The Wings have 14 players under contract for next season, leaving Holland with approximately $15 million to work with under the NHL’s salary cap. But that number doesn’t seem to be enough, considering the caliber of players whose fate must be determined.
The most notable prospective unrestricted free agent is captain Nicklas Lidstrom
, who has spent all 18 seasons of his NHL career in Hockeytown. Despite turning 40 last month, Lidstrom is still considered by many to be one of the league’s premier defenseman.
A player of Lidstrom’s caliber – six Norris trophies, a Conn Smythe trophy, and four Stanley Cups – is virtually irreplaceable. And he doesn’t seem to be slowing down, averaging a team-leading 25:25 minutes along with ranking third in scoring with 49 points this season.
He has remained tight-lipped about his plans for next season, but the Wings are optimistic that Lidstrom will return, the only issue being his $7.4 million salary.
Many players’ fate will be impacted by Lidstrom’s decision and the expectation that Jiri Hudler
will return to the Wings have a one-year sabbatical in Russia.
Hudler filed for salary arbitration with the Red Wings last summer, then abruptly signed a two-year, $5.7 million deal to play for the Moscow Dynamo in the Kontinental Hockey League.
His agent and former NHL defenseman, Petr Svoboda, confirmed last month that Hudler planned to return to the Wings to fulfill his NHL contract. A Red Wings draft pick in 2002, he posted 127 points in 255 career games.
Lidstrom is not the only veteran player facing unrestricted free agency. The hockey futures of Tomas Holmstrom
and Kirk Maltby – who have spent a combined 27 seasons with the Wings – are in the balance.
Both veteran players are 37-years-old and each has voiced a desire to continue playing next season. They take up a combined $3 million in cap space, but could be willing to sign for less in order to stay in Detroit.
“I still feel like I’m going to train with the mind-set this summer of coming back and playing with another year,” Maltby told The Detroit News. “It’s no secret I hope it’s here.”
The remaining forwards who are UFAs are Todd Bertuzzi
, Jason Williams and Brad May, who all signed one-year contracts and take up a combined $3.5 million.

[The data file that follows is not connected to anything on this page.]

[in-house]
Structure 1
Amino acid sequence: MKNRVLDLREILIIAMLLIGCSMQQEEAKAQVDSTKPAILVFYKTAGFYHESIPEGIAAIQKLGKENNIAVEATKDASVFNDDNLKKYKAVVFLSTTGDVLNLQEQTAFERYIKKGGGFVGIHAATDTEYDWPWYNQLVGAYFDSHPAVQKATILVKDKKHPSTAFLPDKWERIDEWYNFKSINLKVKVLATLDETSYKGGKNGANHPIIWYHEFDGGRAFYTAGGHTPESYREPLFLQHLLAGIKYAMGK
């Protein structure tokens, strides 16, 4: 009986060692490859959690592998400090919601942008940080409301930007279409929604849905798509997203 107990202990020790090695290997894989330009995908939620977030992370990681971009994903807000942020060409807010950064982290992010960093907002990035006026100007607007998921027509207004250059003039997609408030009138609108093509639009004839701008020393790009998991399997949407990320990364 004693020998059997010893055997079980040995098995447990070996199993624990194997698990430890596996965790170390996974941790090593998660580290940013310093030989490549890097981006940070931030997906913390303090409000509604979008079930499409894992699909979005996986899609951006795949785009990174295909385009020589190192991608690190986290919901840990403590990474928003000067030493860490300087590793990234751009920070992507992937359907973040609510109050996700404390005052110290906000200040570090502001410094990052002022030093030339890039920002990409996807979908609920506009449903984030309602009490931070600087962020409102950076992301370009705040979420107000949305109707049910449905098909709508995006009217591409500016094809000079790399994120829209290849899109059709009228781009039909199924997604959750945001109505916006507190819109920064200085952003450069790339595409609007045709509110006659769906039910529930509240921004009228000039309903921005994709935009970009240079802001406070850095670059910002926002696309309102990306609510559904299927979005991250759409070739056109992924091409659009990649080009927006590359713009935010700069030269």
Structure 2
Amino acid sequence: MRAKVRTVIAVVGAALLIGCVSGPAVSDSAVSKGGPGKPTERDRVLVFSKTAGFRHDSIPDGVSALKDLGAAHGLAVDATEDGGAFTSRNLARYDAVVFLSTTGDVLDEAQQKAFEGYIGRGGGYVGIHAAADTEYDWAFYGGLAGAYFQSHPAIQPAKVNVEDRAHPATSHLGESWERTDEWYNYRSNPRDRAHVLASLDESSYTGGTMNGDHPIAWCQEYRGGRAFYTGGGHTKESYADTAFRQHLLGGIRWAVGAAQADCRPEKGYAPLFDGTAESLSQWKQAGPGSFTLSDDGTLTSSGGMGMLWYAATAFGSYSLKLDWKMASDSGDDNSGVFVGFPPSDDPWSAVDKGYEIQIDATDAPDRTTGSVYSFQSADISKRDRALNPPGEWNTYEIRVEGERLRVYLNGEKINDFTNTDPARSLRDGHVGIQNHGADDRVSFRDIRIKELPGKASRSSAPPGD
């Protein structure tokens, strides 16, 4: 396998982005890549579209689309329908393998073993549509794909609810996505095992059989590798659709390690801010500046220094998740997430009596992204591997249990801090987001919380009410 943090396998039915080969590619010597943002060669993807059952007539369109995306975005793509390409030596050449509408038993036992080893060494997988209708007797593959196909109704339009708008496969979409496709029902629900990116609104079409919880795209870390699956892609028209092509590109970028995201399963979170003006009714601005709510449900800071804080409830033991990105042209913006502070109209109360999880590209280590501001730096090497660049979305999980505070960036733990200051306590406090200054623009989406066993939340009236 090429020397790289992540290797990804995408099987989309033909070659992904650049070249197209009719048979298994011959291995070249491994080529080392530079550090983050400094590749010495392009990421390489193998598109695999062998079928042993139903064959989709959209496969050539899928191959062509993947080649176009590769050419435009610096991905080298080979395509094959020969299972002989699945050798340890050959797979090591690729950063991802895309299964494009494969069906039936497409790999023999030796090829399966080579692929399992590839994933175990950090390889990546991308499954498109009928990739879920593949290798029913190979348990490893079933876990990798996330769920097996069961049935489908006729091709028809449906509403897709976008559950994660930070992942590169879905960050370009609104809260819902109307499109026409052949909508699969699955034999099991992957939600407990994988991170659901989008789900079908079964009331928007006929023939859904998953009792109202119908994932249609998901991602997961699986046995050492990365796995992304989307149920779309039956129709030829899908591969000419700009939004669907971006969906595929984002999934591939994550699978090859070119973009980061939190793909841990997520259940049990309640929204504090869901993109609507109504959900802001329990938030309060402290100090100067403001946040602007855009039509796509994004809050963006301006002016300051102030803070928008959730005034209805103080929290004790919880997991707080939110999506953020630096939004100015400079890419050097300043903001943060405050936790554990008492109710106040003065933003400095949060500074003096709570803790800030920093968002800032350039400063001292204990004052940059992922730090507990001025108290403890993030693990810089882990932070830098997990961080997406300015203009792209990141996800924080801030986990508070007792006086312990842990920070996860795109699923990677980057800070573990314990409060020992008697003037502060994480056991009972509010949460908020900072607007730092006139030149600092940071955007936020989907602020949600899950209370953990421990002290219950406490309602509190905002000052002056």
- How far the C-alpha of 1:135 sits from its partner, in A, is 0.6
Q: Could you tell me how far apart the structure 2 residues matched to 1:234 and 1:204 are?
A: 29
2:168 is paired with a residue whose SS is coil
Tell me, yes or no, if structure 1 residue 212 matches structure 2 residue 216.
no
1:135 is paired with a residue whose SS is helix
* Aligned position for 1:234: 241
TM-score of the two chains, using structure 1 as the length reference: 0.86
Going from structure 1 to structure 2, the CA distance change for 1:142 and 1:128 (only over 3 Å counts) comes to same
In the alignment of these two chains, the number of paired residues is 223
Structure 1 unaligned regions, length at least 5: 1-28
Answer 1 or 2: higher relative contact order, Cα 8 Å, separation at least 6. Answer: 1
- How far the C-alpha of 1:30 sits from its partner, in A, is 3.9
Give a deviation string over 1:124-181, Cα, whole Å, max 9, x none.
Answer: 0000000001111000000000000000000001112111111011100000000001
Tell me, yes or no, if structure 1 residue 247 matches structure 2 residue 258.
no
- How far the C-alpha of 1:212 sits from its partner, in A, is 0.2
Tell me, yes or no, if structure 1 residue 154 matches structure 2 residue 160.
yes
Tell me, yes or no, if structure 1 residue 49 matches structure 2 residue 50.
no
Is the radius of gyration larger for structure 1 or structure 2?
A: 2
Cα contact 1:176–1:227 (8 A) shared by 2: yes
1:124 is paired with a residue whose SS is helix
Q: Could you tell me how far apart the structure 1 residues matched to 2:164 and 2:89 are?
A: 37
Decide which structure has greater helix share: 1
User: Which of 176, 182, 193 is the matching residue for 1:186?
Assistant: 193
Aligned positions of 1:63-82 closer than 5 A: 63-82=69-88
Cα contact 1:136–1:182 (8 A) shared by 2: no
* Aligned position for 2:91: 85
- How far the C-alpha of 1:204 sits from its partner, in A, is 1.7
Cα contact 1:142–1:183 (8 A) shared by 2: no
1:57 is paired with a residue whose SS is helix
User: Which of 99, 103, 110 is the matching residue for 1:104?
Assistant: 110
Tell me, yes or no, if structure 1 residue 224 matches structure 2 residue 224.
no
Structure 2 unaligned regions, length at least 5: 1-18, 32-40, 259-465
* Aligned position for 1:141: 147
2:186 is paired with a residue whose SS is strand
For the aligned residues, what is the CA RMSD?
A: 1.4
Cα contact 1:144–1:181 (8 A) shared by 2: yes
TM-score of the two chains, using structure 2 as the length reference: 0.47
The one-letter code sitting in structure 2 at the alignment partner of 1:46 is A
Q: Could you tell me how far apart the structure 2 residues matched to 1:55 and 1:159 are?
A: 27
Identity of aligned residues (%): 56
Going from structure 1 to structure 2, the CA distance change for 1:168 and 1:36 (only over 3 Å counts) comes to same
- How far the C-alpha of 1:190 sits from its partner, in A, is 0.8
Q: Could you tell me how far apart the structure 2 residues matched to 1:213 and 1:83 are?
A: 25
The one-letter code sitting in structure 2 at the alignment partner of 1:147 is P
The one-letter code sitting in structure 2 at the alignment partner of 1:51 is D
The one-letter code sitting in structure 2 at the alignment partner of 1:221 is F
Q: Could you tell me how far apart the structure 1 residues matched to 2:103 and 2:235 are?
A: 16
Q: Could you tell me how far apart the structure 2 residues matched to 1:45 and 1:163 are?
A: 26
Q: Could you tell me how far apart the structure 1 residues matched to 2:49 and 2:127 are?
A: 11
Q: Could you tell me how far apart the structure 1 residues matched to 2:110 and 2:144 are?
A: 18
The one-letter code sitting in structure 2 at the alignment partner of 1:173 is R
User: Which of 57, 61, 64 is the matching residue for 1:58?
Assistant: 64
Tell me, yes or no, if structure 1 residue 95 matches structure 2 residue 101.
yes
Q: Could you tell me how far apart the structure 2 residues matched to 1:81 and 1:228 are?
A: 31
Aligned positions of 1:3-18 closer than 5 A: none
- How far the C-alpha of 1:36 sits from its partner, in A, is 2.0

Bertuzzi was the most productive of the trio, ranking fifth on the team with 44 points and providing a physical presence on a line with Henrik Zetterberg
and Valterri Filppula.
Forwards Darren Helm
, Justin Abdelkader
, Drew Miller
and Patrick Eaves
are all restricted free agents, meaning Holland must extend qualifying offers to them in order to maintain negotiating rights. If the players reject an offer and sign with another team, the Wings can either match the offer or let them go.
Helm and Abdelkader are two definite priorities, having been drafted by the Wings in 2005. They’ve proven their worth, establishing themselves as solid, fast, and physical role players. Either could easily be a top-six forward on any team, so it makes sense for the Wings to lock up the two young forwards, especially since they only take up $1.21 million in salary.
Miller and Eaves are also two players who are cheap on the books (just over a combined $1 million), but have filled much-needed roles for the Wings. They’re both effective defensive-forwards, spearheading a successful Detroit penalty kill, and would be valuable returners.
In terms of defensemen, Niklas Kronwall
, Brad Stuart
and Jonathan Ericsson
are all returning. Jakub Kindl
, drafted No. 19 overall in 2005, signed a three-year, $2.65 million contract extension with the Wings that goes into effect next season.
But Andreas Lilja and Brett Lebda are both UFAs. At 6-foot-3 and 225-pounds, Lilja is a solid third-line defenseman, but has a history of concussions. Lebda was a healthy scratch in nine of the Wings’ 11 playoff games, and restricted free agent Derek Meech hasn’t had a defined role. The three take up $2.6 million under the cap.
Holland will be spending his summer negotiating these contracts amidst rumors that the Wings may leave Joe Louis Arena, most likely for the Palace of Auburn Hills.
The Wings’ lease with the city-owned Joe Louis Arena expires in June, and team owner Mike Ilitch’s Olympia Entertainment informed the city of Detroit they did not want another long-term lease.
On Thursday, Ilitch told Detroit’s 97.1 The Ticket’s morning show that the Wings, “Will probably play their games again” next year at JLA, but that the organization is trying to find a way to build a new downtown area.
“We’re still going to get it done,” Ilitch said.
With an estimated cost of a new arena being $400 million in a tough economy, along with a limited market for building, the Wings aren’t in a rush to move. But it will happen.